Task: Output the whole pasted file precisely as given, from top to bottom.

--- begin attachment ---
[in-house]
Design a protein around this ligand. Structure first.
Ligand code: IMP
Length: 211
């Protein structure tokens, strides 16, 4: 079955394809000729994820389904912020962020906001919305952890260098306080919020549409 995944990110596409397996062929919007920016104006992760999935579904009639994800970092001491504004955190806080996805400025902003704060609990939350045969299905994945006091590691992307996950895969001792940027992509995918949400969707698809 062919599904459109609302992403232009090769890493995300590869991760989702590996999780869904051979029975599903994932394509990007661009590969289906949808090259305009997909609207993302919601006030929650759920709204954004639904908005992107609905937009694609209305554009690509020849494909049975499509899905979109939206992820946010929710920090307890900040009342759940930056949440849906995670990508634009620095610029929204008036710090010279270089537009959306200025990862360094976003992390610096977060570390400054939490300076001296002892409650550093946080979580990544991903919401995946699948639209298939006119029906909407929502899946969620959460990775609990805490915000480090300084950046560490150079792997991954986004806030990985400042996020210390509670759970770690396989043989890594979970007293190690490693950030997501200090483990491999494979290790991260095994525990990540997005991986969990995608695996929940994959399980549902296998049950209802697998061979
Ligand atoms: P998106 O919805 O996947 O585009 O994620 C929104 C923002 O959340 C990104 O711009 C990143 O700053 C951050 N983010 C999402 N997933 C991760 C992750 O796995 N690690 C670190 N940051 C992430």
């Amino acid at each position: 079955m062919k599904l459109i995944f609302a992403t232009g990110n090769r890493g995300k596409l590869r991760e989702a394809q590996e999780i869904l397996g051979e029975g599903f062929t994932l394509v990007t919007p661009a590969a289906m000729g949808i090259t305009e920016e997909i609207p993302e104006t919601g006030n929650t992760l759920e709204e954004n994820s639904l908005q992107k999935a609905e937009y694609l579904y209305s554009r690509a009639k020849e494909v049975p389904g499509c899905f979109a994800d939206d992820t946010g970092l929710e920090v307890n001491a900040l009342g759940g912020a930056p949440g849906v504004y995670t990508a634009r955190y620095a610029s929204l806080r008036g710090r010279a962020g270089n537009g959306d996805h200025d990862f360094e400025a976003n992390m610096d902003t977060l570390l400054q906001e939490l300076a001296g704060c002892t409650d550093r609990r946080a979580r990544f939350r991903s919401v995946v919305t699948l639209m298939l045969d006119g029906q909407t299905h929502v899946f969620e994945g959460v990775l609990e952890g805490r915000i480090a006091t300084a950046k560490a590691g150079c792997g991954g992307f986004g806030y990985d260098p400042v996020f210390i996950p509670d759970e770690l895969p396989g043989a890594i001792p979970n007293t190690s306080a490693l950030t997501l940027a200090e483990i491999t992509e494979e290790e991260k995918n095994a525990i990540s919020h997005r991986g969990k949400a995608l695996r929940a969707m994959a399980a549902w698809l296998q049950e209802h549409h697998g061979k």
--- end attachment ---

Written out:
[in-house]
Design a protein around this ligand. Structure first.
Ligand code: IMP
Length: 211
């Protein structure tokens, strides 16, 4: 079955394809000729994820389904912020962020906001919305952890260098306080919020549409 995944990110596409397996062929919007920016104006992760999935579904009639994800970092001491504004955190806080996805400025902003704060609990939350045969299905994945006091590691992307996950895969001792940027992509995918949400969707698809 062919599904459109609302992403232009090769890493995300590869991760989702590996999780869904051979029975599903994932394509990007661009590969289906949808090259305009997909609207993302919601006030929650759920709204954004639904908005992107609905937009694609209305554009690509020849494909049975499509899905979109939206992820946010929710920090307890900040009342759940930056949440849906995670990508634009620095610029929204008036710090010279270089537009959306200025990862360094976003992390610096977060570390400054939490300076001296002892409650550093946080979580990544991903919401995946699948639209298939006119029906909407929502899946969620959460990775609990805490915000480090300084950046560490150079792997991954986004806030990985400042996020210390509670759970770690396989043989890594979970007293190690490693950030997501200090483990491999494979290790991260095994525990990540997005991986969990995608695996929940994959399980549902296998049950209802697998061979
Ligand atoms: P998106 O919805 O996947 O585009 O994620 C929104 C923002 O959340 C990104 O711009 C990143 O700053 C951050 N983010 C999402 N997933 C991760 C992750 O796995 N690690 C670190 N940051 C992430």
């Amino acid at each position: 079955m062919k599904l459109i995944f609302a992403t232009g990110n090769r890493g995300k596409l590869r991760e989702a394809q590996e999780i869904l397996g051979e029975g599903f062929t994932l394509v990007t919007p661009a590969a289906m000729g949808i090259t305009e920016e997909i609207p993302e104006t919601g006030n929650t992760l759920e709204e954004n994820s639904l908005q992107k999935a609905e937009y694609l579904y209305s554009r690509a009639k020849e494909v049975p389904g499509c899905f979109a994800d939206d992820t946010g970092l929710e920090v307890n001491a900040l009342g759940g912020a930056p949440g849906v504004y995670t990508a634009r955190y620095a610029s929204l806080r008036g710090r010279a962020g270089n537009g959306d996805h200025d990862f360094e400025a976003n992390m610096d902003t977060l570390l400054q906001e939490l300076a001296g704060c002892t409650d550093r609990r946080a979580r990544f939350r991903s919401v995946v919305t699948l639209m298939l045969d006119g029906q909407t299905h929502v899946f969620e994945g959460v990775l609990e952890g805490r915000i480090a006091t300084a950046k560490a590691g150079c792997g991954g992307f986004g806030y990985d260098p400042v996020f210390i996950p509670d759970e770690l895969p396989g043989a890594i001792p979970n007293t190690s306080a490693l950030t997501l940027a200090e483990i491999t992509e494979e290790e991260k995918n095994a525990i990540s919020h997005r991986g969990k949400a995608l695996r929940a969707m994959a399980a549902w698809l296998q049950e209802h549409h697998g061979k």